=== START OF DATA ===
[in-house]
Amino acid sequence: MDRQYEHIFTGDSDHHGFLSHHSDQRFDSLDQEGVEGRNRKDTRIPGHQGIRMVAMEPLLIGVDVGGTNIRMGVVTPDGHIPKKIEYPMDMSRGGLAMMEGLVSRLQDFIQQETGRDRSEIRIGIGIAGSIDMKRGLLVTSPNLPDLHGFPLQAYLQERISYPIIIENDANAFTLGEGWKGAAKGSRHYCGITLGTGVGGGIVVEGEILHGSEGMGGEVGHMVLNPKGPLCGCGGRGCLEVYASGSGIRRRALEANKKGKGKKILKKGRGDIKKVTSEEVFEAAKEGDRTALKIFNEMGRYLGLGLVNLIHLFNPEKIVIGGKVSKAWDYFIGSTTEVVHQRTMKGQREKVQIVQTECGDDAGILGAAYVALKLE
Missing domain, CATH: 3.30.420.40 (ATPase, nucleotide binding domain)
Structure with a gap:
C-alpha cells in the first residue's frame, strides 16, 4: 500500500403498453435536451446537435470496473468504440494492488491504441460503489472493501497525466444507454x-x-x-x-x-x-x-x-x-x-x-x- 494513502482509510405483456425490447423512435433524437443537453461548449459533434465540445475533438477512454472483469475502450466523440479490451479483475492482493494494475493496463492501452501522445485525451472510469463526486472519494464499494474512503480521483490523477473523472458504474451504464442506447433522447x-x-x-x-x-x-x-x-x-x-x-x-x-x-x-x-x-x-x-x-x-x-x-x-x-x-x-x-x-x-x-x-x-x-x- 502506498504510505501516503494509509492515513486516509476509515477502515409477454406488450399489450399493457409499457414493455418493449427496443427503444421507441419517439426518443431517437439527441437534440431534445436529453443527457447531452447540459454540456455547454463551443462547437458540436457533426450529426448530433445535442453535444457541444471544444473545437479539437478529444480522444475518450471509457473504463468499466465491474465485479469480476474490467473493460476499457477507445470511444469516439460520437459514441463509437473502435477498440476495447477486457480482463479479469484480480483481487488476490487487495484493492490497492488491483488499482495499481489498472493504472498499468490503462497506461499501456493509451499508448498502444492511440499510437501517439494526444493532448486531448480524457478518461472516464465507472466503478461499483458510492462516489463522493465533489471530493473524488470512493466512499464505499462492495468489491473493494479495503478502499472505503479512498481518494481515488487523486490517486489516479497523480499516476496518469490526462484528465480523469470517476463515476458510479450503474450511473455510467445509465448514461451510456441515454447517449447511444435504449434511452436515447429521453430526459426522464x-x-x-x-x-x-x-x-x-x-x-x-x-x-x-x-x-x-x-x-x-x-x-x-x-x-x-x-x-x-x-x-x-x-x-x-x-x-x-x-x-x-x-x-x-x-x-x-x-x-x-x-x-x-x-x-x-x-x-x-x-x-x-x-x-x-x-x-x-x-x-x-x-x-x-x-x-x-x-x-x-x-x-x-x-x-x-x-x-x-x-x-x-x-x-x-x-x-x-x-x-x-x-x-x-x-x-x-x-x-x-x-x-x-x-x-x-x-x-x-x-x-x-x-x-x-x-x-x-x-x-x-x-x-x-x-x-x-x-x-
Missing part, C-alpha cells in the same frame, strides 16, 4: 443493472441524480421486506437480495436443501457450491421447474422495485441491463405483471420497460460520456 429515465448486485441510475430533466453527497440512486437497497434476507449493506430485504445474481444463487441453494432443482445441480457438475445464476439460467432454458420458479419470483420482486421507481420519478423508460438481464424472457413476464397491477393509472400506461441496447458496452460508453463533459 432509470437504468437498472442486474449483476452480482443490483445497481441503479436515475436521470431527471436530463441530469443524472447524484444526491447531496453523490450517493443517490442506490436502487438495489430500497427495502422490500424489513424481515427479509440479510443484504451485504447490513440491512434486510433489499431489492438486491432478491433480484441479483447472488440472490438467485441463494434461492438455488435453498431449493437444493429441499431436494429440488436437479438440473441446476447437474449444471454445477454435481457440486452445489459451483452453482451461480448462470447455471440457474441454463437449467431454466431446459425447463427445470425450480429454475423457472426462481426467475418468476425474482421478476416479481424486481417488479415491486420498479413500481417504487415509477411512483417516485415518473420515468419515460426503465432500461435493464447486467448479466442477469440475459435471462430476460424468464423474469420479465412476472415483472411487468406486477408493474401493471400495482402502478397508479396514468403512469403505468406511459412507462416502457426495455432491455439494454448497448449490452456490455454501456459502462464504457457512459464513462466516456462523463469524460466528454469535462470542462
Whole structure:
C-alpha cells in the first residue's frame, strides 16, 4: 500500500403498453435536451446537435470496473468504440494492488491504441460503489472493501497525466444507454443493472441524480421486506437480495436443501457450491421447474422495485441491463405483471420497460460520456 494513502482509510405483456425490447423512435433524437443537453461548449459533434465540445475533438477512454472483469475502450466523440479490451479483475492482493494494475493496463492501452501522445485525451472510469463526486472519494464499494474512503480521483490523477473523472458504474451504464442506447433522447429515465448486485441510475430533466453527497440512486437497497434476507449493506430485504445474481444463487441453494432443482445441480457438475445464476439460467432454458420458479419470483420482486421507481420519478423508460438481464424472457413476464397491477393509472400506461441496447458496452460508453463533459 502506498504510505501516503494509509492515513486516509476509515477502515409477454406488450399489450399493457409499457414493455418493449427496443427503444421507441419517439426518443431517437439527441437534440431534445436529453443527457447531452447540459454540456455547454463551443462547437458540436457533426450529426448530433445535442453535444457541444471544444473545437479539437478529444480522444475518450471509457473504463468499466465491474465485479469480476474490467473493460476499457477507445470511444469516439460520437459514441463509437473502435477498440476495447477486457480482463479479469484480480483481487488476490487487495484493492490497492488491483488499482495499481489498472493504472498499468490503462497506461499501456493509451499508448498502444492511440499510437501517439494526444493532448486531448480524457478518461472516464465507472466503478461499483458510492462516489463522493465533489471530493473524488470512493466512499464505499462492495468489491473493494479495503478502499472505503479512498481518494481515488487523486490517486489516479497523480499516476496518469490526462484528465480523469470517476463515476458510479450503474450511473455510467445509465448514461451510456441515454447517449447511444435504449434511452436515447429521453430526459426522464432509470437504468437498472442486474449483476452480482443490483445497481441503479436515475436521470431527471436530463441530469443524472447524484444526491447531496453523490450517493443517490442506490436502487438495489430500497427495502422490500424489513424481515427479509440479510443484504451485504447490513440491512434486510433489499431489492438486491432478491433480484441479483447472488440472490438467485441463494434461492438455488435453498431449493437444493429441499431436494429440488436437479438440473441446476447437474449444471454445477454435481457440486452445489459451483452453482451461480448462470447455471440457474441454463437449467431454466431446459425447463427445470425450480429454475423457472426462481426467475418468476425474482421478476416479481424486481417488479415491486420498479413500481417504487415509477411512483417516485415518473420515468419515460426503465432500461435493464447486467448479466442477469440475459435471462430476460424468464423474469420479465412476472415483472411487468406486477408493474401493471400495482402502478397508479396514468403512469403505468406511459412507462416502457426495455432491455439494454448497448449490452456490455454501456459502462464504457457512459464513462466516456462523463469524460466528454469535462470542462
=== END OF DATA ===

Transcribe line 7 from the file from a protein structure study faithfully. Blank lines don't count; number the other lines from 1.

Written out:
Whole structure: